By RACHEL HENRY
“Good evening, ladies,” chef Jody O’Malley calls out, ringing a bell.
A hush spreads across the spacious room that is filled with more than two dozen women, each with a wine glass in hand. They are present at the Culinary Studio in Waterloo to cook up something wonderful, and have a great time in the process.
Soup Sisters is a non-profit organization that has spread across Canada since its creation in Calgary in 2009. The organization takes a “night out” feel and combines it with a charitable outcome and a strong message: “Warming hearts … One bowl at a time.”
Volunteers can sign up and get together for an evening of fantastic food, wine and camaraderie all while making over 75 litres of five different kinds of soup that is donated to charities.
“It appeals to people,” Soup Sisters volunteer Norma Weiner said. “It’s a nice way to spend time with people, whether it’s a celebration like a birthday or a team-building experience.”
The women are provided with a brief knife skills lesson, which includes safety and efficiency tips. They are then assigned to cooking stations prepared with everything they’ll need, including aprons, vegetables, seasonings and knives.
The next day the soup is transported to Marillac Place and ROOF, two non-profit organizations that serve Waterloo Region, providing support for young women and youth-at-risk. The donated soup feeds 200 to 250 people.
“I can’t tell you what a relief it is to say yes to the voice on the other end of the phone,” Angela Murdoch, a representative of Marillac Place, said of the organization and the support it has garnered from Soup Sisters.
Marillac Place provides a safe haven for women ages 16 to 25 who are pregnant or have children in their care. While staying at Marillac the women are required to continue their education, budget their money to include rent and personal needs, as well as practise other necessary life skills.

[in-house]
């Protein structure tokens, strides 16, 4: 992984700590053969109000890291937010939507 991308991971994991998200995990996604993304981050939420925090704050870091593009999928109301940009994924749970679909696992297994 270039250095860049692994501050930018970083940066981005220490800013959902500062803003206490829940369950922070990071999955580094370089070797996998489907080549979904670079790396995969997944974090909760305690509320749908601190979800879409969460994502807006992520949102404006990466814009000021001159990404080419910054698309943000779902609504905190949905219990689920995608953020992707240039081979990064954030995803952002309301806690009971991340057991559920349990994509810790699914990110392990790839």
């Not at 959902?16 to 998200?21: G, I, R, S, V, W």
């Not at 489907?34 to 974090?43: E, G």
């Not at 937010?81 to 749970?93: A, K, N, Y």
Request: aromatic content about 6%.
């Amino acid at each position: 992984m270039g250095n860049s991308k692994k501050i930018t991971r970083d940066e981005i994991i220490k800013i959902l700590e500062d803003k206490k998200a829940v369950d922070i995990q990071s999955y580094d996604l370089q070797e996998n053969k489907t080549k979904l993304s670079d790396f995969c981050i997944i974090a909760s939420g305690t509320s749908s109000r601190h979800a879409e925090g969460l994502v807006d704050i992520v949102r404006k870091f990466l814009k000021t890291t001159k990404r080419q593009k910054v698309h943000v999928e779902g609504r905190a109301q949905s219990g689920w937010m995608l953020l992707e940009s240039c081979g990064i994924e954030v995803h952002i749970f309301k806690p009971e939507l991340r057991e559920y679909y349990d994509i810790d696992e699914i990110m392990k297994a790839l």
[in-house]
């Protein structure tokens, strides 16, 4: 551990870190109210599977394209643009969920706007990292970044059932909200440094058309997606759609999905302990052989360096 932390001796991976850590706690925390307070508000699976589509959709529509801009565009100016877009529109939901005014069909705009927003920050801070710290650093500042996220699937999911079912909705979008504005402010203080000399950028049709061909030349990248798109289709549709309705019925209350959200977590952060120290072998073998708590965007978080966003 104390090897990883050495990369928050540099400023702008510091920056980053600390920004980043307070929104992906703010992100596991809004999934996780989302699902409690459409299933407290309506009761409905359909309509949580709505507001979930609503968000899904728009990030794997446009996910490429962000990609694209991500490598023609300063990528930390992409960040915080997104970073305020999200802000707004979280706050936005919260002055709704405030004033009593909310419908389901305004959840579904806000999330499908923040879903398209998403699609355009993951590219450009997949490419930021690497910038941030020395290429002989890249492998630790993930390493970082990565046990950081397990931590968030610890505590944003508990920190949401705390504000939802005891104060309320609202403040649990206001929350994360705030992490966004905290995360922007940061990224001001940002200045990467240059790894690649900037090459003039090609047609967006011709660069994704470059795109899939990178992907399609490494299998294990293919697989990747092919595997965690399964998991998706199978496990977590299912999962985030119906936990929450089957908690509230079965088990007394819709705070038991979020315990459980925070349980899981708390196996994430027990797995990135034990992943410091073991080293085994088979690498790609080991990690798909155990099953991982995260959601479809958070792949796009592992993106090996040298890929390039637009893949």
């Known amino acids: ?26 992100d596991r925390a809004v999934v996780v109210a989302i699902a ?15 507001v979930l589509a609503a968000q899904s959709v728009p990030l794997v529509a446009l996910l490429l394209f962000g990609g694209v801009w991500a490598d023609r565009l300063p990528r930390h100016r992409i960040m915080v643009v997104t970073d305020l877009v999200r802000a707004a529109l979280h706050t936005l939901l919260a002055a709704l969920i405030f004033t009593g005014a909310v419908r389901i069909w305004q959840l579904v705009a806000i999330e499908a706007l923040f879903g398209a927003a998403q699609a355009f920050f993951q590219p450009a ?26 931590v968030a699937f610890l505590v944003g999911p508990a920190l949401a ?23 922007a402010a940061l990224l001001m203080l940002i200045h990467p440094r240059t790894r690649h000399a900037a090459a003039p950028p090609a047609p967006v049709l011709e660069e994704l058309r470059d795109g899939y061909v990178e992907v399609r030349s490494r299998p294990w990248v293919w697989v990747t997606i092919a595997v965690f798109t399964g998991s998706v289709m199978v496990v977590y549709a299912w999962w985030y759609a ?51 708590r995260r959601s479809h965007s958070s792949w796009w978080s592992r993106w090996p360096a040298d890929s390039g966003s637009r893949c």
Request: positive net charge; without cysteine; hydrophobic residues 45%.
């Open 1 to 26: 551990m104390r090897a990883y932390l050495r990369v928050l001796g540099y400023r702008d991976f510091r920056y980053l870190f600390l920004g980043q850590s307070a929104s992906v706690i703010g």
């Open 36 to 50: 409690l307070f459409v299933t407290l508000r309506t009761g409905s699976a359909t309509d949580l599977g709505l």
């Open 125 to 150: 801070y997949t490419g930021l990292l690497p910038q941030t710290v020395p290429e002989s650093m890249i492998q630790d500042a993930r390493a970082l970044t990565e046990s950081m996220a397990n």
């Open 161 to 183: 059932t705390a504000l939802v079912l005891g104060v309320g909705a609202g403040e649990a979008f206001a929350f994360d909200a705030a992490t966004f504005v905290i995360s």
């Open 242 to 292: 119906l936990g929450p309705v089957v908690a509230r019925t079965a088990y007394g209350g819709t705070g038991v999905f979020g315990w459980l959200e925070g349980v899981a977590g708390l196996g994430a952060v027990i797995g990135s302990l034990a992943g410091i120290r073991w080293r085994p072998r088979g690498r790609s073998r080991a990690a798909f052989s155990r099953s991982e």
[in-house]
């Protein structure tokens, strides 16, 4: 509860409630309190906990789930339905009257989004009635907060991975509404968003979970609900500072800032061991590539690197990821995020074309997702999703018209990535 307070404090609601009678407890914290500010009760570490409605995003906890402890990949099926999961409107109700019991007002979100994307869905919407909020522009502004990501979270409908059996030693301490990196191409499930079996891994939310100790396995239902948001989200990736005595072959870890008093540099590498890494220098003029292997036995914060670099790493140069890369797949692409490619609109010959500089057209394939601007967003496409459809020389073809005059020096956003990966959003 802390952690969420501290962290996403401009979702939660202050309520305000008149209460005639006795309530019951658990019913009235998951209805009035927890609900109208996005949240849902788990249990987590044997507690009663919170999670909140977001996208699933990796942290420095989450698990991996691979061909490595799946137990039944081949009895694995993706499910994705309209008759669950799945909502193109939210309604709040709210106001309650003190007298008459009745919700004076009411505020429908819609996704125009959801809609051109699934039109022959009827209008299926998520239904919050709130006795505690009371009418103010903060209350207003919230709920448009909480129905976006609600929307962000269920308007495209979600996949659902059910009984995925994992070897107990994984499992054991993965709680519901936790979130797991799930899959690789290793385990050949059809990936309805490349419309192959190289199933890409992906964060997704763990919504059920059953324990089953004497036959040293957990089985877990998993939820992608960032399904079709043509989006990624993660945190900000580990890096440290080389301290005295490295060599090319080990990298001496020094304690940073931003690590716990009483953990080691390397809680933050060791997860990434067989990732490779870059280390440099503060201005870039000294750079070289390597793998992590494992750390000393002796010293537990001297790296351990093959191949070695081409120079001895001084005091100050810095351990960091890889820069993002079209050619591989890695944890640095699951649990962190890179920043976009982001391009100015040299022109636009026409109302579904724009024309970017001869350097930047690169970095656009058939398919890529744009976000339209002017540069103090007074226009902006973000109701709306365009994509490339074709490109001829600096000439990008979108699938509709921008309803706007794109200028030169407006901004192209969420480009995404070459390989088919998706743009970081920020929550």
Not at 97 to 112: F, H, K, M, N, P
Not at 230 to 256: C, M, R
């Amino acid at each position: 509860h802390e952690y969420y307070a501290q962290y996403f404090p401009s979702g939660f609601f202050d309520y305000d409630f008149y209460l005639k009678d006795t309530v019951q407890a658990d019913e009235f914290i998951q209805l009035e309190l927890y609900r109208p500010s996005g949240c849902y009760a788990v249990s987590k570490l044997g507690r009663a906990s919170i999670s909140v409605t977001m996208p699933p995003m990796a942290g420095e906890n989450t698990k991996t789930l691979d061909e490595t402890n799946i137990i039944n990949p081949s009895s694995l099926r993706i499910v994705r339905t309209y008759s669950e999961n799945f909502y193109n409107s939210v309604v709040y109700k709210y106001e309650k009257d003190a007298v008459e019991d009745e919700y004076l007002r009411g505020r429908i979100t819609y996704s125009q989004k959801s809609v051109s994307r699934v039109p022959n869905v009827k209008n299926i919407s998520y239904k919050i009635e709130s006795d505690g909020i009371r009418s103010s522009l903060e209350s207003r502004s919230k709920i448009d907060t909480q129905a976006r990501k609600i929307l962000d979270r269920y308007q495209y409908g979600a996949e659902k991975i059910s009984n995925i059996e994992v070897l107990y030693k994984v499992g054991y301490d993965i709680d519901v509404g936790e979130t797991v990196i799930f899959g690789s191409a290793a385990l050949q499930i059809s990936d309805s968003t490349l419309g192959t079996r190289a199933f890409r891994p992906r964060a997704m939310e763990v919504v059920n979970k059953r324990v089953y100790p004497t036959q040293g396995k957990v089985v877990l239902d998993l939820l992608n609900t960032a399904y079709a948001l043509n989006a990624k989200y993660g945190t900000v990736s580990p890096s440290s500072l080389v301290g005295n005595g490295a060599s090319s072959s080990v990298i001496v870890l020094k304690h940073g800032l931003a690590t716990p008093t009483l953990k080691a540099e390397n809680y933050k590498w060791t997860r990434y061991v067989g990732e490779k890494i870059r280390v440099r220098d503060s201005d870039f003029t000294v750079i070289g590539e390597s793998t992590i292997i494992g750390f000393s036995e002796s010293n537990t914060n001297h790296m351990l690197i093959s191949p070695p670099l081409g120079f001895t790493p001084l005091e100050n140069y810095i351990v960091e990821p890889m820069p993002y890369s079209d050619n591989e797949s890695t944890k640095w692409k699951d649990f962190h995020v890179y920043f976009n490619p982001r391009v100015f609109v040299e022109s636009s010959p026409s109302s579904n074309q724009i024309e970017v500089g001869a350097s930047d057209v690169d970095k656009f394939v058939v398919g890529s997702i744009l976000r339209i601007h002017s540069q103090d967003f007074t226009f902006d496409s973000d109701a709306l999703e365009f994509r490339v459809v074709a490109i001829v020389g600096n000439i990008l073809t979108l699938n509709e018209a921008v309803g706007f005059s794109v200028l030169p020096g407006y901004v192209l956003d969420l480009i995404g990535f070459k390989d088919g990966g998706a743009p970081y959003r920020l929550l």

ROOF, which stands for Reaching Our Outdoor Friends, aims to help youth make positive choices and end the cycle of homelessness through development of life skills. They provide four fundamentals for homeless youth and youth-at-risk: outreach, drop-in, essential services and shelter.
With so many youth entering the facilities, there is a constant flow of hungry mouths to feed.
ROOF representative Trish Harris-Tousignant said, “One of the most (important) things we do is feed youth.”
That’s where Soup Sisters comes in.
“The programs instil life skills, but they need our support,” Waterloo Mayor Brenda Halloran said. “It’s a way to take those young (people) under our wing.”
Support is certainly not something Soup Sisters is lacking. Since the launch fundraiser last month, it seems everyone wants to get involved.
“Our biggest problem is telling people we’re booked into January 2013. We do have a waiting list,” Weiner said.
Though the waiting list may seem long, it is well worth the wait.
First-time Soup Sisters volunteer Maggie Williamson waited months to get involved.
“It’s really great,” she said while chopping vegetables for a steaming broth. She added it’s a great opportunity to enhance the sense of community.
Events are held once a month and usually involve about 20 participants, with both men and women welcome. For more information, visit soupsisters.org.